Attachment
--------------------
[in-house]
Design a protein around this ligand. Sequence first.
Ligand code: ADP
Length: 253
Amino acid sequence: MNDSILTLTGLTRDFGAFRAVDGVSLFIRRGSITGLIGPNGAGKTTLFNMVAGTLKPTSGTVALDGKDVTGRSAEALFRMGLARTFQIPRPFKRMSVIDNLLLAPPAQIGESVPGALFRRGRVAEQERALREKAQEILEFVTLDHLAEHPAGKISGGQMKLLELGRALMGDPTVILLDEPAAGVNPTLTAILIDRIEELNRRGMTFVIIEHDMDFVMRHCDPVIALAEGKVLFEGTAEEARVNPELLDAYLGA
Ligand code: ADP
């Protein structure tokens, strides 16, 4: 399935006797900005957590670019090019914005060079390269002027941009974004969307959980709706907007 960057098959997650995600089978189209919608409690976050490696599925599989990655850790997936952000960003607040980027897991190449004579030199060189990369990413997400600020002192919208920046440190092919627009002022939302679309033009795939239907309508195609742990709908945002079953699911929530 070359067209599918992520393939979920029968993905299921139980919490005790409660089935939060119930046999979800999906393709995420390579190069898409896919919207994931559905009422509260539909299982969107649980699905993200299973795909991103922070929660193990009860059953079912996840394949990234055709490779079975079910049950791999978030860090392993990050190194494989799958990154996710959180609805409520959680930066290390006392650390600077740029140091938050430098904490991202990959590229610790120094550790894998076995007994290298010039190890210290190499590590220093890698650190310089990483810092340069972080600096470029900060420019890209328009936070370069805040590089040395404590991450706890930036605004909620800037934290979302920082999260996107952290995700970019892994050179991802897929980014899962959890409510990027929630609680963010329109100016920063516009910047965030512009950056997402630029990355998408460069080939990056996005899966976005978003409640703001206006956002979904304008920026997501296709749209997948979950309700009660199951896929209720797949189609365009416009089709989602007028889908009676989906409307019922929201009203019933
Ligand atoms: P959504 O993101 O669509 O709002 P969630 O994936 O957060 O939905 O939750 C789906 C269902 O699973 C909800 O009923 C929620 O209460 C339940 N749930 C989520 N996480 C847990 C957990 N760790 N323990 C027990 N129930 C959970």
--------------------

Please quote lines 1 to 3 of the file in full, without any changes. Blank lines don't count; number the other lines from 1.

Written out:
[in-house]
Design a protein around this ligand. Sequence first.
Ligand code: ADP